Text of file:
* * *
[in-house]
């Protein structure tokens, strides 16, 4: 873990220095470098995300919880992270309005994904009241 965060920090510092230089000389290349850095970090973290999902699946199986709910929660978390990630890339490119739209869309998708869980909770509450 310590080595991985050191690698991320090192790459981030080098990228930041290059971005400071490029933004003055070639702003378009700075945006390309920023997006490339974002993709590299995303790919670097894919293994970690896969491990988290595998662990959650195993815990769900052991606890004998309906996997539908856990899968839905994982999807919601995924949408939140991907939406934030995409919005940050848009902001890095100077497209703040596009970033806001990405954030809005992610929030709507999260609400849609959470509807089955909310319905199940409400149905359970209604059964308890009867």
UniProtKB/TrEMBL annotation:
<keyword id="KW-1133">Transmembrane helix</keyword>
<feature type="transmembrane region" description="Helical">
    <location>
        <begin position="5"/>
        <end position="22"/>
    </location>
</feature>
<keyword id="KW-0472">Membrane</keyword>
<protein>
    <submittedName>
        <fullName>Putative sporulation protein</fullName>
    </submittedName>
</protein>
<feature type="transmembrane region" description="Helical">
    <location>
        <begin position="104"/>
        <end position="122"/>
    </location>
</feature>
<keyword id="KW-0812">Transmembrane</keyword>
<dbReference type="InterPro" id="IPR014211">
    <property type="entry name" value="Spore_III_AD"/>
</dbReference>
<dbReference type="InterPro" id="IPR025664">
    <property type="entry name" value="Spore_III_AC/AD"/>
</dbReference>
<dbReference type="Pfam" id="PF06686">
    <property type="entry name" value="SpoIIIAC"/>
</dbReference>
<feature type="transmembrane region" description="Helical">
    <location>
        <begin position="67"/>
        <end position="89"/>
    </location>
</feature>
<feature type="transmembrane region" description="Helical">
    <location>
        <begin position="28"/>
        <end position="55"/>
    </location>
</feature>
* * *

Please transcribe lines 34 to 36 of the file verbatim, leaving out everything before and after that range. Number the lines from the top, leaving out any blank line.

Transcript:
    <location>
        <begin position="67"/>
        <end position="89"/>